Do you ever get ready for the day, get in the car and the person in the car mirror is a totally different version of the person who was looking a back at you in the bathroom mirror?
Through the years I’ve learned that if I really want to see the real deal, the car mirror is the most honest one I own. He’s a sneaky guy, because he partners with natural light and together, they’ve smacked me into reality more times than I’d like to admit. Once, after I had my hair colored, my car mirror convinced me that I was going bald, and I spent weeks obsessing over my hairline. Instead of enjoying the breezy early summer days, I turned the car mirror this way and that, determined that I had developed a terrible disease or at the very least, androgenetic alopecia. When I talked to my hair stylist about it, he laughed hard at me and told me that I will never, ever have a problem with thinning hair. He has a right to laugh at this because he’s been doing my hair for a long time, and every time, we have to book an extra hour to dry my really thick hair. Sometimes I overreact in case you haven’t already figured that out.
Still, my car mirror is a much harsher version of the full length mirror in our bedroom that has always been known as “The Skinny Mirror.” She’s a sweetheart, and I enjoy our relationship because she consistently takes off ten pounds. I will trade cars at some point, but the full length Skinny Mirror is for keeps.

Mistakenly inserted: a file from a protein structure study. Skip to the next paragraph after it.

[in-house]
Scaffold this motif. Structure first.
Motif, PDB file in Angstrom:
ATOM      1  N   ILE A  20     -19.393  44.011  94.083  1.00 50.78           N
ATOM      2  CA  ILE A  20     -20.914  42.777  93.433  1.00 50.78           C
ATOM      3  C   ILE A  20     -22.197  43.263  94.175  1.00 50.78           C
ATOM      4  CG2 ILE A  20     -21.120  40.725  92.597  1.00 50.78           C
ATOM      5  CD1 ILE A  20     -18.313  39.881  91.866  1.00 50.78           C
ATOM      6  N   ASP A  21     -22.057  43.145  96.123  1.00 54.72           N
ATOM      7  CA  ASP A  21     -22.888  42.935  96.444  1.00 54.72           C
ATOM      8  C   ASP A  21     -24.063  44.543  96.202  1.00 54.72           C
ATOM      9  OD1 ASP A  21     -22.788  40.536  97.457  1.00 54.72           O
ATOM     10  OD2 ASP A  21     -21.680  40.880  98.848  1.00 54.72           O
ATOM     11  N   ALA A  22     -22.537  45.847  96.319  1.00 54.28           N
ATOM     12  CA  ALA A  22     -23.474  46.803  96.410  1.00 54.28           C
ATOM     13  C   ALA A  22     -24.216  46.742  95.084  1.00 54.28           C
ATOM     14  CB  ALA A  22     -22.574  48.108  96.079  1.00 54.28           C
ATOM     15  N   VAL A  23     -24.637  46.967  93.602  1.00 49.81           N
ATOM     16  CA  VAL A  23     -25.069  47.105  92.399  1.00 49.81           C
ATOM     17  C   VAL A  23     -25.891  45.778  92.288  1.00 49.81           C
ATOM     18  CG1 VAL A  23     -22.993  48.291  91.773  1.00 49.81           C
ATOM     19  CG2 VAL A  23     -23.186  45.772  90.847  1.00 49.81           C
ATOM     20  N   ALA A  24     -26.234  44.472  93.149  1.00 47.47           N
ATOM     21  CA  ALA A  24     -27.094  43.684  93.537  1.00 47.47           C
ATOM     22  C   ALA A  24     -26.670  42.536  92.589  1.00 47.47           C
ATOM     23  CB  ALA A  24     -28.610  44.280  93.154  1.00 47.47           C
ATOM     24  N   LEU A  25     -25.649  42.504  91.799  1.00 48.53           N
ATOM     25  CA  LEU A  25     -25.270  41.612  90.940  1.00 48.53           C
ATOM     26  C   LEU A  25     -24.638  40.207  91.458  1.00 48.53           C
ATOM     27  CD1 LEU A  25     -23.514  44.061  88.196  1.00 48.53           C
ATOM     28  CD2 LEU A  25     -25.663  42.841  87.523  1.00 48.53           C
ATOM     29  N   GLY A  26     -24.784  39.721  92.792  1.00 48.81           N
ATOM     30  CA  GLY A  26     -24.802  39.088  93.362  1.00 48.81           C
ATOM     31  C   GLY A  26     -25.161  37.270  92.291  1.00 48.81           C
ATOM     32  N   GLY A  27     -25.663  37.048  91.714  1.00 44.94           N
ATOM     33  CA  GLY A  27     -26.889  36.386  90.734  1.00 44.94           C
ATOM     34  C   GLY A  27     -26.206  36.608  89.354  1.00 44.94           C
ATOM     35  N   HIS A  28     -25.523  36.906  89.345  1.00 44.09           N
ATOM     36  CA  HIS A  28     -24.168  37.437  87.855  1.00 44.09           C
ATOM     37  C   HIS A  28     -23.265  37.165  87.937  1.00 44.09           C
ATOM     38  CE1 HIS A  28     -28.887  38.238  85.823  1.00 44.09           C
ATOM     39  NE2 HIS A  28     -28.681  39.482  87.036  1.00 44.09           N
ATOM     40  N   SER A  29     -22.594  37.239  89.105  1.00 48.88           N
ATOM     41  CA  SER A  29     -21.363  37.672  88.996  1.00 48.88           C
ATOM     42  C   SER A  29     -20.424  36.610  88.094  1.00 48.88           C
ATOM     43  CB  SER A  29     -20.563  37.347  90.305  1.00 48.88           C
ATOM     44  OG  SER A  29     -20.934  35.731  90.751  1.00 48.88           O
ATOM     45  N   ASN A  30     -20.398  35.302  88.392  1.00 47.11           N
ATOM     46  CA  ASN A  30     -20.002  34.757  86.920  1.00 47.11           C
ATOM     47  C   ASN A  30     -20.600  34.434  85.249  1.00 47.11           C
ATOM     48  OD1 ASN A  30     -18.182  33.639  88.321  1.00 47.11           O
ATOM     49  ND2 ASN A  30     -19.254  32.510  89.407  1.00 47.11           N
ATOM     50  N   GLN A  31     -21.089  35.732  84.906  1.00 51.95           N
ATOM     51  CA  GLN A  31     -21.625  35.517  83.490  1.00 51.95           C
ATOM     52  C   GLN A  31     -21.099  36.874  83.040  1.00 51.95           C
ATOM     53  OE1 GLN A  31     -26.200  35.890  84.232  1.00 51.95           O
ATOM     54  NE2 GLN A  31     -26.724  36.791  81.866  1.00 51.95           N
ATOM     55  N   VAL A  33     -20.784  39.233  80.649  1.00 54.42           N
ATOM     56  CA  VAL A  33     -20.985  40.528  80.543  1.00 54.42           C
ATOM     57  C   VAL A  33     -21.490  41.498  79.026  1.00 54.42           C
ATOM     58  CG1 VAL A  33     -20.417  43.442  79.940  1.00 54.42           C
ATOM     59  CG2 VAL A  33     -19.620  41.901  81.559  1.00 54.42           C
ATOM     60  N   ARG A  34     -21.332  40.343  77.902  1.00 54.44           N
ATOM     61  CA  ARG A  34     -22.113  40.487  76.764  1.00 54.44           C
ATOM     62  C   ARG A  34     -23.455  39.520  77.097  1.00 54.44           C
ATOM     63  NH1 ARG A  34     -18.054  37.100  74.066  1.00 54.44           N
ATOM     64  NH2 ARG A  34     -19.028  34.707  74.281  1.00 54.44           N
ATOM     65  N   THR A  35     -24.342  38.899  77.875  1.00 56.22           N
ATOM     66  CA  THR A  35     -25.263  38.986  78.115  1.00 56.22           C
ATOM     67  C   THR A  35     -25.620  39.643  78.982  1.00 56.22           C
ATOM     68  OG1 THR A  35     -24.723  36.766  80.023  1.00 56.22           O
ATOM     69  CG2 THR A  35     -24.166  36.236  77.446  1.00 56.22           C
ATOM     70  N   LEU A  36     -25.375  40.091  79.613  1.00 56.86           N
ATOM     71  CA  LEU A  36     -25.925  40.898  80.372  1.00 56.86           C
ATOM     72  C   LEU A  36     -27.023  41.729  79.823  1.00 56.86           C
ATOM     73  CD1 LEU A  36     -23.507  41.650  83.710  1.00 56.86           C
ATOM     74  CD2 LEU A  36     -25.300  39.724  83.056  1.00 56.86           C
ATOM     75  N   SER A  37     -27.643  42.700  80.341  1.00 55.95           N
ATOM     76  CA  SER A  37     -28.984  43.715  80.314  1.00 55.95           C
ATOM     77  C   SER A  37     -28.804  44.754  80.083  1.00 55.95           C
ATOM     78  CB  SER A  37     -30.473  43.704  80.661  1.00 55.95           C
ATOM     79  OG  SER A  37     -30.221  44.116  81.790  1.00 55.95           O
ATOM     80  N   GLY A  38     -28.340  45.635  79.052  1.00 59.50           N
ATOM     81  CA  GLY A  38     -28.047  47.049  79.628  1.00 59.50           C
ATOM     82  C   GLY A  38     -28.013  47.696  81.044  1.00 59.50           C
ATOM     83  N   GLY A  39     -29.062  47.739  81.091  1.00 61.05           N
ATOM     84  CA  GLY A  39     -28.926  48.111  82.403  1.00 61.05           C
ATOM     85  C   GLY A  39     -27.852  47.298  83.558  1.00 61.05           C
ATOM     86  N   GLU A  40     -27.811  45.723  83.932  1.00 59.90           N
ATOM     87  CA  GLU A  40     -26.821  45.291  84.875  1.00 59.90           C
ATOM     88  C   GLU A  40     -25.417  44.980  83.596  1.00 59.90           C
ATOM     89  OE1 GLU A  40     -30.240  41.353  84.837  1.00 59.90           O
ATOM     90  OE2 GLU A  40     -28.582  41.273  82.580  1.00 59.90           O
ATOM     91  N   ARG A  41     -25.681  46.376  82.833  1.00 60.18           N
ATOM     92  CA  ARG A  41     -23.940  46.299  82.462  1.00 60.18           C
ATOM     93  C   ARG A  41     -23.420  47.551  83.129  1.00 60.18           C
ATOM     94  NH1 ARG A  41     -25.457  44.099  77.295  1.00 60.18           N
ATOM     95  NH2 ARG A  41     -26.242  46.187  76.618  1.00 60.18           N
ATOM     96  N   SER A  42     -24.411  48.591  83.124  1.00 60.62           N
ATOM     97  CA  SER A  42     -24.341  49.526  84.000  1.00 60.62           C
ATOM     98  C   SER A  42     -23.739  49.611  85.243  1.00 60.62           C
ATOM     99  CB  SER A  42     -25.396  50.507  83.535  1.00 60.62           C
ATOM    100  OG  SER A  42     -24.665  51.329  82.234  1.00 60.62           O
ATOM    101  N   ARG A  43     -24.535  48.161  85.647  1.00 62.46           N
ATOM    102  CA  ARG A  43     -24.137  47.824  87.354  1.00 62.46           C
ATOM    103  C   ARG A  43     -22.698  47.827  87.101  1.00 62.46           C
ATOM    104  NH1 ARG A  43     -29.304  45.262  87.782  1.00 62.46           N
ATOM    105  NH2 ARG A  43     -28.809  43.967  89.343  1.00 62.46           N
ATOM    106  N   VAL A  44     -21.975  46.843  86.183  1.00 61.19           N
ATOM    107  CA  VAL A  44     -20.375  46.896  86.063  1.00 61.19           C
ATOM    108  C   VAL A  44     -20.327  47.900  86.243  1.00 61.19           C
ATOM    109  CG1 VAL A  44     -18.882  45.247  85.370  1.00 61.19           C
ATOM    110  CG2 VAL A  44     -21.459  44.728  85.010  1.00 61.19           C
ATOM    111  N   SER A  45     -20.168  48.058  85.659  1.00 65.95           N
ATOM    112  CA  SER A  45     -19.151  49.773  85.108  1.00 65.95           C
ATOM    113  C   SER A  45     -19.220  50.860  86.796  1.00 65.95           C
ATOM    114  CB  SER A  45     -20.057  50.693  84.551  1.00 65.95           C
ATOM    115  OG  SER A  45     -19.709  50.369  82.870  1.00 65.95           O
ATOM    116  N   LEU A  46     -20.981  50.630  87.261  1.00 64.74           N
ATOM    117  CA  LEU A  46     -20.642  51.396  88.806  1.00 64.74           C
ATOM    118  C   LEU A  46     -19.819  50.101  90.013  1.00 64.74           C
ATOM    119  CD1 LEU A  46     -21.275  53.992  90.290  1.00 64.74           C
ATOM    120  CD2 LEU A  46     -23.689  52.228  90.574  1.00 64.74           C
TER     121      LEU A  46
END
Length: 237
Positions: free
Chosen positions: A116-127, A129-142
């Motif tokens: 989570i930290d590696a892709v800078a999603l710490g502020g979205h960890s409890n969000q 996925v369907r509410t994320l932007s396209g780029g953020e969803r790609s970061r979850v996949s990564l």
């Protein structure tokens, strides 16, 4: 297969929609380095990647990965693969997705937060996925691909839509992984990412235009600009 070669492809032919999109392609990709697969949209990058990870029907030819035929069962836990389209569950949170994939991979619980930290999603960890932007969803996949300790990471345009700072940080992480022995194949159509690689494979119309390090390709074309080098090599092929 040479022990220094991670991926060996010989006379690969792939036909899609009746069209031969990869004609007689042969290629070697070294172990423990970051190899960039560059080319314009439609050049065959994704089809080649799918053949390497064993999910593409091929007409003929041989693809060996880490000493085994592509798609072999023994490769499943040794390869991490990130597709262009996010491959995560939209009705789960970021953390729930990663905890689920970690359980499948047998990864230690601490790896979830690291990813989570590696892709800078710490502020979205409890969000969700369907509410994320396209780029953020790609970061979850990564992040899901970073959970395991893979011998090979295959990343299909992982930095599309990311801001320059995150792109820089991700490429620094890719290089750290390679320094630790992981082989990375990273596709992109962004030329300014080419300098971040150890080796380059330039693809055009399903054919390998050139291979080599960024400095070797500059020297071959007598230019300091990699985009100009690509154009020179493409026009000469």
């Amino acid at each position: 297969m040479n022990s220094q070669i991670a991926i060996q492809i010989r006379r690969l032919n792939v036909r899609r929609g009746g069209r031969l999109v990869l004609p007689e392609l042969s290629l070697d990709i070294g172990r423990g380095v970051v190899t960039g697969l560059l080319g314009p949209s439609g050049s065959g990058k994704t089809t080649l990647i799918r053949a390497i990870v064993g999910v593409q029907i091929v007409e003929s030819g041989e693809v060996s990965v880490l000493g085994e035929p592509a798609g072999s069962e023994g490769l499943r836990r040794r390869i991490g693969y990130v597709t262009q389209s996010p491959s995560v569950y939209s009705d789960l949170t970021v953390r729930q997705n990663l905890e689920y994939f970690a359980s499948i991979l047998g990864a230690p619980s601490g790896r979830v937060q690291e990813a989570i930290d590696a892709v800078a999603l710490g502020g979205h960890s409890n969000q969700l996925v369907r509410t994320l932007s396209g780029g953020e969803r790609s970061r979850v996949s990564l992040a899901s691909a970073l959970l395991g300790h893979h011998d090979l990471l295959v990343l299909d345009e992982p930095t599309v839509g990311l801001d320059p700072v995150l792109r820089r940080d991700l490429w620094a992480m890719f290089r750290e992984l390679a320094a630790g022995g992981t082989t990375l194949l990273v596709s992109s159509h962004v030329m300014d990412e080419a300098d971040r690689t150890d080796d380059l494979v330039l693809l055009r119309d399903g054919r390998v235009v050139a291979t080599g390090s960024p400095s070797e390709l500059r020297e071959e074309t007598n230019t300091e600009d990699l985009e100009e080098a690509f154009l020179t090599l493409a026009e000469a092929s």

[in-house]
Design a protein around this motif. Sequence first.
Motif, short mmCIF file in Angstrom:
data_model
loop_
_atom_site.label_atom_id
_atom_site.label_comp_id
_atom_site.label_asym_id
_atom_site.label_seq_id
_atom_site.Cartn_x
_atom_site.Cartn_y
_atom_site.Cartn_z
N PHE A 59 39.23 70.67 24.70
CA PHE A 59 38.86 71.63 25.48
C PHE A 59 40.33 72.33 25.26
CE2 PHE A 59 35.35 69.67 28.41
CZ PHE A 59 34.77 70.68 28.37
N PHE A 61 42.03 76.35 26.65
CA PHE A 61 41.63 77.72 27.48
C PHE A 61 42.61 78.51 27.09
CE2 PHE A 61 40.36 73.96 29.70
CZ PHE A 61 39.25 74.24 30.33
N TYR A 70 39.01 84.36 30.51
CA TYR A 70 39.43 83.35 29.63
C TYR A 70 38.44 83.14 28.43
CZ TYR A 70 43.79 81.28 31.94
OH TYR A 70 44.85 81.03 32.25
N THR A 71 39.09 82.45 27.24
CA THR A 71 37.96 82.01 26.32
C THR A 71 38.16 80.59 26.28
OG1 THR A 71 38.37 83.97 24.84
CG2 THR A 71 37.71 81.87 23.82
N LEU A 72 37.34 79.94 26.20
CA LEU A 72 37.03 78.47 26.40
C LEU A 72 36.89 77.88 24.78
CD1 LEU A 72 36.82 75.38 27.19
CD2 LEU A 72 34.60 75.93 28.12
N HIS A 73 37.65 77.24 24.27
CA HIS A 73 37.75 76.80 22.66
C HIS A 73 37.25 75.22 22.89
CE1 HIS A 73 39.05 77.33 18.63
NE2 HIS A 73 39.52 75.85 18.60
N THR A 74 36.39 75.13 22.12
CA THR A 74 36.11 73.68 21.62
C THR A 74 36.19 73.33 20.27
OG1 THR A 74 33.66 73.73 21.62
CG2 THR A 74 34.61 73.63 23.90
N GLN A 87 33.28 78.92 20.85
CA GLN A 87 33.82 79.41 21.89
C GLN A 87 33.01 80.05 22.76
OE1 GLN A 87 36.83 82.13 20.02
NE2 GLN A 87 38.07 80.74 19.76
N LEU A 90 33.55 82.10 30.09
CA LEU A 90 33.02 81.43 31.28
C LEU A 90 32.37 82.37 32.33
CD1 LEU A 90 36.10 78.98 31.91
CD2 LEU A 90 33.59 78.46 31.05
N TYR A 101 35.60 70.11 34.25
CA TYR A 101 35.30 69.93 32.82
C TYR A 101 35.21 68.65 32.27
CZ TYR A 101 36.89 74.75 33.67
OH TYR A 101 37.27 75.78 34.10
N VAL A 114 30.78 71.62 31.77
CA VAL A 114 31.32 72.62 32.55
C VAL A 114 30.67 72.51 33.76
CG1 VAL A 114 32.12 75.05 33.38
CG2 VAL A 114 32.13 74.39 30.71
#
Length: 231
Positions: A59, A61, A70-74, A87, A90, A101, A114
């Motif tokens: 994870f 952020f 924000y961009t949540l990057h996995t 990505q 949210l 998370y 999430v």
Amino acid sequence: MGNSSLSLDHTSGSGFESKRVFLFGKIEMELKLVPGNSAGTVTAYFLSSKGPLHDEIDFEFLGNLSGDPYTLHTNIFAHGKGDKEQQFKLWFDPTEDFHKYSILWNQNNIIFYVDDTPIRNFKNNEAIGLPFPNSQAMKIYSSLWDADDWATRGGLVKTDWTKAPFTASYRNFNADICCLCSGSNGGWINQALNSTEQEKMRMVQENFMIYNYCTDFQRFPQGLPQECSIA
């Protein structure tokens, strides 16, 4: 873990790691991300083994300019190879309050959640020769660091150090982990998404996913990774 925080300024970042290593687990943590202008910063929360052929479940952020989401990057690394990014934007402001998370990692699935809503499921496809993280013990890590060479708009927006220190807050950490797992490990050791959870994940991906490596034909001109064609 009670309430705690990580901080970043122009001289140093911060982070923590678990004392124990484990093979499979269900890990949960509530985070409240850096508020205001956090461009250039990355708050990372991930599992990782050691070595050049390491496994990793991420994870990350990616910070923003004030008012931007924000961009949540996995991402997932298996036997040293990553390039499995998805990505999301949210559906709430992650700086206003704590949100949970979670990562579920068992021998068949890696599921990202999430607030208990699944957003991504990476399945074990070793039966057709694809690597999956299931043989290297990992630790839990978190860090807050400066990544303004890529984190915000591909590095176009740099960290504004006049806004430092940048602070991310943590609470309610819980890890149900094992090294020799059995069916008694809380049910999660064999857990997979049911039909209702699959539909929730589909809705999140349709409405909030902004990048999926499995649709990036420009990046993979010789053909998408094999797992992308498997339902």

Last weekend, I attended a book event in Austin where it became a sort of mini high school reunion with a lot of people from my hometown in attendance. I ran into a man I hadn’t seen in years, and we started laughing when we admitted that we still think we’re in our early 20’s but that yep, somehow, we got old. I confess that I find it a bit shocking when I see someone I haven’t seen in 25 years and they “suddenly” have grey temples or some eye wrinkles, but soon enough, we start to talk and the same high school kid is talking to me – age seems to just disappear when you’re reconnecting with someone you know from your youth. Yet, when I see myself in the car mirror, nobody is more surprised to see an aging woman staring back at me than me.
The aging conversation moved over to Facebook, where a guy I’ve known since I was 15 made me burst out laughing when I informed him that in case he hadn’t noticed, we’d gotten old. He said,”I kept thinking I was getting a jacked up haircut then I realized that my hairline was hauling ass to the back of my head! Getting older, fatter, and balder is a humbling experience. Makes you want to look at a lot of old photos!”
I’ve really been trying to age with some semblance of grace, and I try not to fret over the aging process, because I’ve lost enough friends in the past few years to know that just being here is a massive blessing. I’ve managed to avoid Botox mainly I’m afraid that once you start smoothing out one area, the others won’t match. Also, I’m a huge wimp and I read about side effects, so no thanks. However, in the past few weeks I’ve made such a disturbing discovery that I’m extremely tempted to look at some old photos in hopes of figuring out what in the hell happened to my neck.
A few weeks ago, I was heading into my barre class where I mix happily with women twenty years my junior. Before class begins, I usually take a peek in the dreaded car mirror to slap a little concealer over my under eye circles, or put on a bit of cheek tint in the hopes of looking a little more fresh-faced amidst all of the actual fresh faces. One afternoon, I was feeling pretty good about the face when the car mirror tilted down and gave me a scare so dramatic I actually gasped.